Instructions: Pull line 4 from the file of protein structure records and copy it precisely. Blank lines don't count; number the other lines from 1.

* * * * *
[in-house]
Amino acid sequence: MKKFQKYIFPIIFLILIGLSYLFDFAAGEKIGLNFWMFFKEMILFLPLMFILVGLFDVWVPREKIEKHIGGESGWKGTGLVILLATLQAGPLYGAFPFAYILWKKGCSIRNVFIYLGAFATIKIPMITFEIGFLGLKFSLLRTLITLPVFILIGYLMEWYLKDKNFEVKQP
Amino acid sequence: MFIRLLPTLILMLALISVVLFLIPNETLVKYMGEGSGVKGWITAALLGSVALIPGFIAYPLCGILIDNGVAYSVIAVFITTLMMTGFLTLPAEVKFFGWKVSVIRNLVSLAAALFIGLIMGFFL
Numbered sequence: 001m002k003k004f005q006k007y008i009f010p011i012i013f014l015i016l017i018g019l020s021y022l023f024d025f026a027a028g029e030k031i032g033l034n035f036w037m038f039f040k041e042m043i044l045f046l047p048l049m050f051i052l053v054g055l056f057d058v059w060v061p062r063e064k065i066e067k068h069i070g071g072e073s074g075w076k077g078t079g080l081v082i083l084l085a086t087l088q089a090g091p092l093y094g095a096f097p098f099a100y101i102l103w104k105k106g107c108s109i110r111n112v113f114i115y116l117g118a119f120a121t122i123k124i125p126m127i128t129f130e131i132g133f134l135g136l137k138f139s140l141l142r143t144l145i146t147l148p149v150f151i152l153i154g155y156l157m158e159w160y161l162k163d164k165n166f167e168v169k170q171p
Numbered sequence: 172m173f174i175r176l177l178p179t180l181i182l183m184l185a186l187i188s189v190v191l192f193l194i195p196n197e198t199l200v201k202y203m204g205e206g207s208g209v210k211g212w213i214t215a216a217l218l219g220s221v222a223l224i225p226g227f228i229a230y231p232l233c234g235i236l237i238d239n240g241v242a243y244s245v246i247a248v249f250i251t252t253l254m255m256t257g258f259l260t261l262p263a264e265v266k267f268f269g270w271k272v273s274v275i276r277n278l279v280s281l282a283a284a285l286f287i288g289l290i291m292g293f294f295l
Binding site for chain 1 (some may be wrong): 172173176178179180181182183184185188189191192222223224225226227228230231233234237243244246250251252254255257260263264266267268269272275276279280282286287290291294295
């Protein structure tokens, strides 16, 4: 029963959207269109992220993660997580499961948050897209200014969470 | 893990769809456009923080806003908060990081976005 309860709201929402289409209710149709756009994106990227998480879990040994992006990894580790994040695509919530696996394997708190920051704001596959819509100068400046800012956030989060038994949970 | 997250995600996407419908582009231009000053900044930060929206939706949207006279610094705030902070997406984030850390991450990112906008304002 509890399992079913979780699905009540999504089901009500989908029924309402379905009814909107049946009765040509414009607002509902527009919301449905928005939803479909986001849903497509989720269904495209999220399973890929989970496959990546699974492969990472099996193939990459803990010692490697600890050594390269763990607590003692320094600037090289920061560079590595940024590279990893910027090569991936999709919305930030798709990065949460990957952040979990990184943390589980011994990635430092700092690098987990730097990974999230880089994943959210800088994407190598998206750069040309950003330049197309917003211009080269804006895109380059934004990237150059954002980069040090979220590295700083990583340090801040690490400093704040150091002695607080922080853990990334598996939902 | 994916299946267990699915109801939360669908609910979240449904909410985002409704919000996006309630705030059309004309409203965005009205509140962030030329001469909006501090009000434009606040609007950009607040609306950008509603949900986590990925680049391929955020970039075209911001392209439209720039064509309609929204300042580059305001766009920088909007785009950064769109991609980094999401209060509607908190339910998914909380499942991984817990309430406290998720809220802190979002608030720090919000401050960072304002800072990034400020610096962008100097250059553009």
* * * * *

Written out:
Numbered sequence: 001m002k003k004f005q006k007y008i009f010p011i012i013f014l015i016l017i018g019l020s021y022l023f024d025f026a027a028g029e030k031i032g033l034n035f036w037m038f039f040k041e042m043i044l045f046l047p048l049m050f051i052l053v054g055l056f057d058v059w060v061p062r063e064k065i066e067k068h069i070g071g072e073s074g075w076k077g078t079g080l081v082i083l084l085a086t087l088q089a090g091p092l093y094g095a096f097p098f099a100y101i102l103w104k105k106g107c108s109i110r111n112v113f114i115y116l117g118a119f120a121t122i123k124i125p126m127i128t129f130e131i132g133f134l135g136l137k138f139s140l141l142r143t144l145i146t147l148p149v150f151i152l153i154g155y156l157m158e159w160y161l162k163d164k165n166f167e168v169k170q171p